Click on the links below to reveal the key takeaways and research details for each faculty research project. The findings have been categorized by the four areas of focus for CCBE research: Character, Wellbeing, Pedagogy & Diversity.
1) By explicitly declaring one's values, a boy is more likely to hold himself accountable when making values-based decisions, exercise greater self-reflection when that value is broken, and demonstrate stronger self-advocacy/expression by staying true to their values
2) With better self-awareness developed from participating in a values proposition, boys are more likely to align themselves with other like-minded peers and develop stronger, more meaningful relationships.
1. Character education and opportunities for empowerment (ie. leadership councils, Outreach/Service Learning, The Arts, Athletics) can and does lead to greater resilience in students. 2. Simply learning about resilience and how it can be a benefit in your life can lead to greater resilience.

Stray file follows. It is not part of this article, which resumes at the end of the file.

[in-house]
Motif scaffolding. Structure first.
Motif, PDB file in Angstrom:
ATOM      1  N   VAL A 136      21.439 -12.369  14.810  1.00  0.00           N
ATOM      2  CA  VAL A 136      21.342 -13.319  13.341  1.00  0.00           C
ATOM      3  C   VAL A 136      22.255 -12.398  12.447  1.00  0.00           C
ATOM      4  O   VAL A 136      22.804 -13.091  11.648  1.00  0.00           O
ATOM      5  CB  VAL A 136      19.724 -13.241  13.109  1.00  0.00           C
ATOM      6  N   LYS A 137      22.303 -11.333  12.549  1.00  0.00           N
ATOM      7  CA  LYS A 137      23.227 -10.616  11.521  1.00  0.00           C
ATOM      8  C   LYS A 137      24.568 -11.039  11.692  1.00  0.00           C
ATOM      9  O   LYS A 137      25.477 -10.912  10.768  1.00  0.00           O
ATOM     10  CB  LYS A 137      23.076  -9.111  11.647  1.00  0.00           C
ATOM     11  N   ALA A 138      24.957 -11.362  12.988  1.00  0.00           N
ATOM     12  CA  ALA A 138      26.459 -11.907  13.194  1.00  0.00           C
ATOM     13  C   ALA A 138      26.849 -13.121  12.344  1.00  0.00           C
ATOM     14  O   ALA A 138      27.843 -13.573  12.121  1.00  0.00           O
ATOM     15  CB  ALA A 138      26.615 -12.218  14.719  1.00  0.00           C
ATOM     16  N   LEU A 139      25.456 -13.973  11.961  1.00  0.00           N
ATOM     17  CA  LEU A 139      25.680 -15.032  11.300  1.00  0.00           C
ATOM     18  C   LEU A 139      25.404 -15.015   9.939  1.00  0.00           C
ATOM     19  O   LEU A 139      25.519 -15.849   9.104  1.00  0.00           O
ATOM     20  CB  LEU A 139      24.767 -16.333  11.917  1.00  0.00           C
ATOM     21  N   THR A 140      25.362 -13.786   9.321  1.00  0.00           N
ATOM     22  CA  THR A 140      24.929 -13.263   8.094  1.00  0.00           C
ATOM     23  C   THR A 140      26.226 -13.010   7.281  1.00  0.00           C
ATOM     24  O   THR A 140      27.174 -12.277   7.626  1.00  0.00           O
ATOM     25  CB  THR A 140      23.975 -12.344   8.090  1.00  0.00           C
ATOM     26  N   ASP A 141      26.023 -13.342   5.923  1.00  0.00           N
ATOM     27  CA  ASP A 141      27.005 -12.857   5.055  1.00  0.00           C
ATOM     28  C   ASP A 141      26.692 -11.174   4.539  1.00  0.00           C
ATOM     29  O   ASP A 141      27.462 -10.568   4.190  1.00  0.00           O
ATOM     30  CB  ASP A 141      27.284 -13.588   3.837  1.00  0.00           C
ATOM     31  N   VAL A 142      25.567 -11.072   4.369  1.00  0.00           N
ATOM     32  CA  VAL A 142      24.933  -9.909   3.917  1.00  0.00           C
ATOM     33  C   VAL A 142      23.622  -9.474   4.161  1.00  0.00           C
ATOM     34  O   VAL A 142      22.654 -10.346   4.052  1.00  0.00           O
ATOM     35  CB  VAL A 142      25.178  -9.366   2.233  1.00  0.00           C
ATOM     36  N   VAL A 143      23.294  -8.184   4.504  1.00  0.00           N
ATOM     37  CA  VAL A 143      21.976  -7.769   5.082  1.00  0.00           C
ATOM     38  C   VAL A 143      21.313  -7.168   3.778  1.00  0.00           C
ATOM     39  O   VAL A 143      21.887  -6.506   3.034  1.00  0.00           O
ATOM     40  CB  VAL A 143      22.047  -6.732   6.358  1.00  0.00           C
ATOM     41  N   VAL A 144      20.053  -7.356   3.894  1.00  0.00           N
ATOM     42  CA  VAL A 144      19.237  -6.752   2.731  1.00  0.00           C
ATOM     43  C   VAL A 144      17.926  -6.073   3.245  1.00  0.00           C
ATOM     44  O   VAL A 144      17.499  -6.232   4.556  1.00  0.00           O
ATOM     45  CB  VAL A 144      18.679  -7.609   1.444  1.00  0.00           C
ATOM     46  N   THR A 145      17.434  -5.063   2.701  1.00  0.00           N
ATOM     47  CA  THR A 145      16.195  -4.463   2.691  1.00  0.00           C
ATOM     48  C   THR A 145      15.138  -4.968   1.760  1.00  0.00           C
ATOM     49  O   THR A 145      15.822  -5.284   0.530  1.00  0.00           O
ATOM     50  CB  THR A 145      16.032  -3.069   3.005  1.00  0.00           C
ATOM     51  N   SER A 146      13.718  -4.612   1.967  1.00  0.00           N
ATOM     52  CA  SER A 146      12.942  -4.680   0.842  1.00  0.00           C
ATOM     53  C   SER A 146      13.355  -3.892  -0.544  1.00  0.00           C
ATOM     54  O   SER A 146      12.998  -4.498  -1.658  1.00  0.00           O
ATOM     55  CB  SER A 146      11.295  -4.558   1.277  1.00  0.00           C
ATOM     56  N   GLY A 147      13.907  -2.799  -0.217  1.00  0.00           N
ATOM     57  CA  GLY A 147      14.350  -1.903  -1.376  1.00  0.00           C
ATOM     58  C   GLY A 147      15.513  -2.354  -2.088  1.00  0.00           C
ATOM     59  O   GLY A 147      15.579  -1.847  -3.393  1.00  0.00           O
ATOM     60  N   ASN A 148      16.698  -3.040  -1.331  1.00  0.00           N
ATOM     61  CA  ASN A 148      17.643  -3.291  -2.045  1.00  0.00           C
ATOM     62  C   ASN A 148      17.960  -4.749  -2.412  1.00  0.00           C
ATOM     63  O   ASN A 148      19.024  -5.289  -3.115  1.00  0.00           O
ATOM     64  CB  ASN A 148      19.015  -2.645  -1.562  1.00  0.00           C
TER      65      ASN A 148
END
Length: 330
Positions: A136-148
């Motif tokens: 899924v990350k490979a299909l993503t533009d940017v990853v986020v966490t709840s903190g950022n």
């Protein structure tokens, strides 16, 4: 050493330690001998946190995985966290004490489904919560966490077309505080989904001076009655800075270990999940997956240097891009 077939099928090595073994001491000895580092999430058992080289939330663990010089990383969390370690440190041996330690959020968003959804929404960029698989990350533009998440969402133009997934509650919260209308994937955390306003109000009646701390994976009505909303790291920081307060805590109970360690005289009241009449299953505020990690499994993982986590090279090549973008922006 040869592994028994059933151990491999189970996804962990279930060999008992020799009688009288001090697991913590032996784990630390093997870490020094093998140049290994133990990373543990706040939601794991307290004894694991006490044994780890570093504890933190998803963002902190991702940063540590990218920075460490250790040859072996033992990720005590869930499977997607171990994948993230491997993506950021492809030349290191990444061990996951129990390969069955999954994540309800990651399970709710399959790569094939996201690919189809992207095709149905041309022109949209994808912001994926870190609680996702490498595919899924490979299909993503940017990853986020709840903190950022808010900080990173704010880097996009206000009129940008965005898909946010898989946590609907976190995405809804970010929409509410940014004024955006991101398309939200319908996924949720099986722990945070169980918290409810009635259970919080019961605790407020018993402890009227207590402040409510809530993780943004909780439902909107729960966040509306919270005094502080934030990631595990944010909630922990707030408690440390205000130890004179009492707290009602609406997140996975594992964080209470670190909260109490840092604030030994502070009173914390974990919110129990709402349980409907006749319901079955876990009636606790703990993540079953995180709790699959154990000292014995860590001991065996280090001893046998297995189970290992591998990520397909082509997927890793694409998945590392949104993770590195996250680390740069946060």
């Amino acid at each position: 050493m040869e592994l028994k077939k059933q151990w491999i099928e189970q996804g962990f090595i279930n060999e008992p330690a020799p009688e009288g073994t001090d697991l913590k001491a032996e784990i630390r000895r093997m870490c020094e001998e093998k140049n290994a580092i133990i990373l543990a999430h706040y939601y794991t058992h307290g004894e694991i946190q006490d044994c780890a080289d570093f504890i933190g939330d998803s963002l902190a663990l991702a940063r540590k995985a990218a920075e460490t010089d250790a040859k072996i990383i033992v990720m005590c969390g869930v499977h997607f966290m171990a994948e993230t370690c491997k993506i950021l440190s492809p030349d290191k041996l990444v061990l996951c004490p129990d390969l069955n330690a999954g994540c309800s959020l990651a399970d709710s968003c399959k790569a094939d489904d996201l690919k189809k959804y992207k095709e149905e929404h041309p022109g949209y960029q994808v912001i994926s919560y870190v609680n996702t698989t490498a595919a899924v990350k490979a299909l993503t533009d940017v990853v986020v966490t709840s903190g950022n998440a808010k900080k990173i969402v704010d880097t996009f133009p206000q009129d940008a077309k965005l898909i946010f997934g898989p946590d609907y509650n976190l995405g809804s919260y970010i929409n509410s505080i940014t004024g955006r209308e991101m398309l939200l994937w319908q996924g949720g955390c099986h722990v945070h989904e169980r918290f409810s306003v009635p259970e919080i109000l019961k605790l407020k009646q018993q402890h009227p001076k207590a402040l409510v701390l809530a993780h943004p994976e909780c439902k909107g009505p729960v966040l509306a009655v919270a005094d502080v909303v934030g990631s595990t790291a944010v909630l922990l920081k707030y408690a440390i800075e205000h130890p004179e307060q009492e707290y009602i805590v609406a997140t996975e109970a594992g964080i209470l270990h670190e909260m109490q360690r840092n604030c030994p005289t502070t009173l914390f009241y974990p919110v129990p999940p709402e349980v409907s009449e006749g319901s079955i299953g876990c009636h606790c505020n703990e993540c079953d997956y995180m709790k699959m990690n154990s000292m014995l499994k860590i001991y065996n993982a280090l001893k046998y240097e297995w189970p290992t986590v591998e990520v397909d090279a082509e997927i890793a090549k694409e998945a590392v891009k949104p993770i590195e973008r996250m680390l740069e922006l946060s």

1. Fostering assessment conditions in PHE that promote achievement of relatedness will result in higher levels of intrinsic motivation amongst boys, important for long- term engagement in activity. 2. The social context in which learning takes place within PHE has a profound impact on the onset of maladaptive thoughts and behaviour in boys (such as aggression, distraction, anxiety and fear of failure) and should be proactively considered when designing assessment conditions to increase levels of engagement.
Takeaways from our research: 1) Peer evaluation was found to be a very valuable tool by the boys. They did not participate as much, or find as much worth, in self-reflection/evaluation practices. 2) This work led us to become more interested in project-based learning and to encourage students to explore topics of their interest with the help of their fellow students.
Takeaways from our research: 1. The relational gestures apply to and support the learning of boys in the elementary school setting. They are easy to use.
2. Relational learning and emotional intelligence form a close partnership in the elementary setting. Educators with a high degree of emotional intelligence can understand that relational breakdowns are caused by feelings of fear and frustration.